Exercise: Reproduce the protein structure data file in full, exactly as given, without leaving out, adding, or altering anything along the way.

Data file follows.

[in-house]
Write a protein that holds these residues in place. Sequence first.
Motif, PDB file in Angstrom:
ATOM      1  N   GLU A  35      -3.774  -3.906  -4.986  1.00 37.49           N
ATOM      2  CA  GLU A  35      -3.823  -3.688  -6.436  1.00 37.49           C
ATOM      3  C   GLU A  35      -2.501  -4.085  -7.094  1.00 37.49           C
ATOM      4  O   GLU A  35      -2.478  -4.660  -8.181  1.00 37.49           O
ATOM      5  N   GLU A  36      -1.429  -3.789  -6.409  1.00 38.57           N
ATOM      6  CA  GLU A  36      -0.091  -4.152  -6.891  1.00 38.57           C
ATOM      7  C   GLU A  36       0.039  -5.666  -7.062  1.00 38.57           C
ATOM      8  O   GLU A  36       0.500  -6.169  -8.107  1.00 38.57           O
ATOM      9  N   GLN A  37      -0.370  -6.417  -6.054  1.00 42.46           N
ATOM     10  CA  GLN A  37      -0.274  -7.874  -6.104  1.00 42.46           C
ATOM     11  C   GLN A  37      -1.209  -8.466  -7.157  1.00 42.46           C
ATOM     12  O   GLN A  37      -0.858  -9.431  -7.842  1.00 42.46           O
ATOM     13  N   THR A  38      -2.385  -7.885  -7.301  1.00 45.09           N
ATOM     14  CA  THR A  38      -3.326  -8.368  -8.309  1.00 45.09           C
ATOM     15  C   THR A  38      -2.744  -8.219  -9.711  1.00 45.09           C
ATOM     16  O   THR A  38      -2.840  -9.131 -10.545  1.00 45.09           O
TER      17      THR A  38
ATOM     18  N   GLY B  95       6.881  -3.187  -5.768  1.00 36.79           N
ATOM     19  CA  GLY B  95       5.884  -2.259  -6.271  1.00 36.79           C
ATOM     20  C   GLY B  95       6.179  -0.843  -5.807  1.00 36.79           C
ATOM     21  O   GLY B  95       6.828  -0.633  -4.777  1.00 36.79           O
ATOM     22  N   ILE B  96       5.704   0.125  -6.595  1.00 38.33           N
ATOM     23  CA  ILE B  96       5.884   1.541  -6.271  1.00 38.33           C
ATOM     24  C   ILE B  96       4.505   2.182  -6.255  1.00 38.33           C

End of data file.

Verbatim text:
[in-house]
Write a protein that holds these residues in place. Sequence first.
Motif, PDB file in Angstrom:
ATOM      1  N   GLU A  35      -3.774  -3.906  -4.986  1.00 37.49           N
ATOM      2  CA  GLU A  35      -3.823  -3.688  -6.436  1.00 37.49           C
ATOM      3  C   GLU A  35      -2.501  -4.085  -7.094  1.00 37.49           C
ATOM      4  O   GLU A  35      -2.478  -4.660  -8.181  1.00 37.49           O
ATOM      5  N   GLU A  36      -1.429  -3.789  -6.409  1.00 38.57           N
ATOM      6  CA  GLU A  36      -0.091  -4.152  -6.891  1.00 38.57           C
ATOM      7  C   GLU A  36       0.039  -5.666  -7.062  1.00 38.57           C
ATOM      8  O   GLU A  36       0.500  -6.169  -8.107  1.00 38.57           O
ATOM      9  N   GLN A  37      -0.370  -6.417  -6.054  1.00 42.46           N
ATOM     10  CA  GLN A  37      -0.274  -7.874  -6.104  1.00 42.46           C
ATOM     11  C   GLN A  37      -1.209  -8.466  -7.157  1.00 42.46           C
ATOM     12  O   GLN A  37      -0.858  -9.431  -7.842  1.00 42.46           O
ATOM     13  N   THR A  38      -2.385  -7.885  -7.301  1.00 45.09           N
ATOM     14  CA  THR A  38      -3.326  -8.368  -8.309  1.00 45.09           C
ATOM     15  C   THR A  38      -2.744  -8.219  -9.711  1.00 45.09           C
ATOM     16  O   THR A  38      -2.840  -9.131 -10.545  1.00 45.09           O
TER      17      THR A  38
ATOM     18  N   GLY B  95       6.881  -3.187  -5.768  1.00 36.79           N
ATOM     19  CA  GLY B  95       5.884  -2.259  -6.271  1.00 36.79           C
ATOM     20  C   GLY B  95       6.179  -0.843  -5.807  1.00 36.79           C
ATOM     21  O   GLY B  95       6.828  -0.633  -4.777  1.00 36.79           O
ATOM     22  N   ILE B  96       5.704   0.125  -6.595  1.00 38.33           N
ATOM     23  CA  ILE B  96       5.884   1.541  -6.271  1.00 38.33           C
ATOM     24  C   ILE B  96       4.505   2.182  -6.255  1.00 38.33           C